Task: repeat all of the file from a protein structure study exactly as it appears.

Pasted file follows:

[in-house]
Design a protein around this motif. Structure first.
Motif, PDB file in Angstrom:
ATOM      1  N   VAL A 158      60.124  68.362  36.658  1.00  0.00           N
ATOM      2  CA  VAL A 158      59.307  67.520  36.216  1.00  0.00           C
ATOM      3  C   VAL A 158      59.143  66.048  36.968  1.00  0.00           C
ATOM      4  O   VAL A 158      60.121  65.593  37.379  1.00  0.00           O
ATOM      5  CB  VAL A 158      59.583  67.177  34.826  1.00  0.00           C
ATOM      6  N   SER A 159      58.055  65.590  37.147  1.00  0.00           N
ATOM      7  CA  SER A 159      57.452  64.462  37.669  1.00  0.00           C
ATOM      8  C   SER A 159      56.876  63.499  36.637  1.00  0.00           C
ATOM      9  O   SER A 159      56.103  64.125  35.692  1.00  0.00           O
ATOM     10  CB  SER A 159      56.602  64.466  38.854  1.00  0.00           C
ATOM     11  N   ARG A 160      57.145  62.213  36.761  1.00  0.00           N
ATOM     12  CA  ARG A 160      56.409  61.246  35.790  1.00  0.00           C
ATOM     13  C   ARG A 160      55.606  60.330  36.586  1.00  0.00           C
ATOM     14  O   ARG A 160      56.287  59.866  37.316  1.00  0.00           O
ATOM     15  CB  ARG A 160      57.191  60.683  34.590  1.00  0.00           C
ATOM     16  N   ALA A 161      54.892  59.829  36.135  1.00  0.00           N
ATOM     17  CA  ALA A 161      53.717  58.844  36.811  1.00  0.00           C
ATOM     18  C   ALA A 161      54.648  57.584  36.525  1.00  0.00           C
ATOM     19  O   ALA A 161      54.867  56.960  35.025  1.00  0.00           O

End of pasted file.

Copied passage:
[in-house]
Design a protein around this motif. Structure first.
Motif, PDB file in Angstrom:
ATOM      1  N   VAL A 158      60.124  68.362  36.658  1.00  0.00           N
ATOM      2  CA  VAL A 158      59.307  67.520  36.216  1.00  0.00           C
ATOM      3  C   VAL A 158      59.143  66.048  36.968  1.00  0.00           C
ATOM      4  O   VAL A 158      60.121  65.593  37.379  1.00  0.00           O
ATOM      5  CB  VAL A 158      59.583  67.177  34.826  1.00  0.00           C
ATOM      6  N   SER A 159      58.055  65.590  37.147  1.00  0.00           N
ATOM      7  CA  SER A 159      57.452  64.462  37.669  1.00  0.00           C
ATOM      8  C   SER A 159      56.876  63.499  36.637  1.00  0.00           C
ATOM      9  O   SER A 159      56.103  64.125  35.692  1.00  0.00           O
ATOM     10  CB  SER A 159      56.602  64.466  38.854  1.00  0.00           C
ATOM     11  N   ARG A 160      57.145  62.213  36.761  1.00  0.00           N
ATOM     12  CA  ARG A 160      56.409  61.246  35.790  1.00  0.00           C
ATOM     13  C   ARG A 160      55.606  60.330  36.586  1.00  0.00           C
ATOM     14  O   ARG A 160      56.287  59.866  37.316  1.00  0.00           O
ATOM     15  CB  ARG A 160      57.191  60.683  34.590  1.00  0.00           C
ATOM     16  N   ALA A 161      54.892  59.829  36.135  1.00  0.00           N
ATOM     17  CA  ALA A 161      53.717  58.844  36.811  1.00  0.00           C
ATOM     18  C   ALA A 161      54.648  57.584  36.525  1.00  0.00           C
ATOM     19  O   ALA A 161      54.867  56.960  35.025  1.00  0.00           O